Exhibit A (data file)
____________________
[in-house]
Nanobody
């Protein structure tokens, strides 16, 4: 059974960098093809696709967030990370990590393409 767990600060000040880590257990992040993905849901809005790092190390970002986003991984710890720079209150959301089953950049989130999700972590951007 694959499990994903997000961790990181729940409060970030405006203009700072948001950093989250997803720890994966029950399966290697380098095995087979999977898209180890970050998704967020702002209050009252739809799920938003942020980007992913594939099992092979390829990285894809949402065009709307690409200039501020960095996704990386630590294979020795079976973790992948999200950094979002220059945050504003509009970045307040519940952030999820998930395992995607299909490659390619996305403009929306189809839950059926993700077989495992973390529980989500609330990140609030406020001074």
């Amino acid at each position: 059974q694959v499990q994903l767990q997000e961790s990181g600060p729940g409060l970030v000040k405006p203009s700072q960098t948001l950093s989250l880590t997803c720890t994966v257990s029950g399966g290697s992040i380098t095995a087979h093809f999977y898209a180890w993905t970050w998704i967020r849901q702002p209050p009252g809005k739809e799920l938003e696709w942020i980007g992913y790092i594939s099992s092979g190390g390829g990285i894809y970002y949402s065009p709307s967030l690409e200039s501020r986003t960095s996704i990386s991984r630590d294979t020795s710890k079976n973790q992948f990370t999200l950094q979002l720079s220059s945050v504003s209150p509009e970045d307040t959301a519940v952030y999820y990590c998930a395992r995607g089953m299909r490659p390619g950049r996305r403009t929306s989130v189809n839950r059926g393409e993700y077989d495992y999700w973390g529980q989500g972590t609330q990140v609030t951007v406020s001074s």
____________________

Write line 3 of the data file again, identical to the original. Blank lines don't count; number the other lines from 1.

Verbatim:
């Protein structure tokens, strides 16, 4: 059974960098093809696709967030990370990590393409 767990600060000040880590257990992040993905849901809005790092190390970002986003991984710890720079209150959301089953950049989130999700972590951007 694959499990994903997000961790990181729940409060970030405006203009700072948001950093989250997803720890994966029950399966290697380098095995087979999977898209180890970050998704967020702002209050009252739809799920938003942020980007992913594939099992092979390829990285894809949402065009709307690409200039501020960095996704990386630590294979020795079976973790992948999200950094979002220059945050504003509009970045307040519940952030999820998930395992995607299909490659390619996305403009929306189809839950059926993700077989495992973390529980989500609330990140609030406020001074």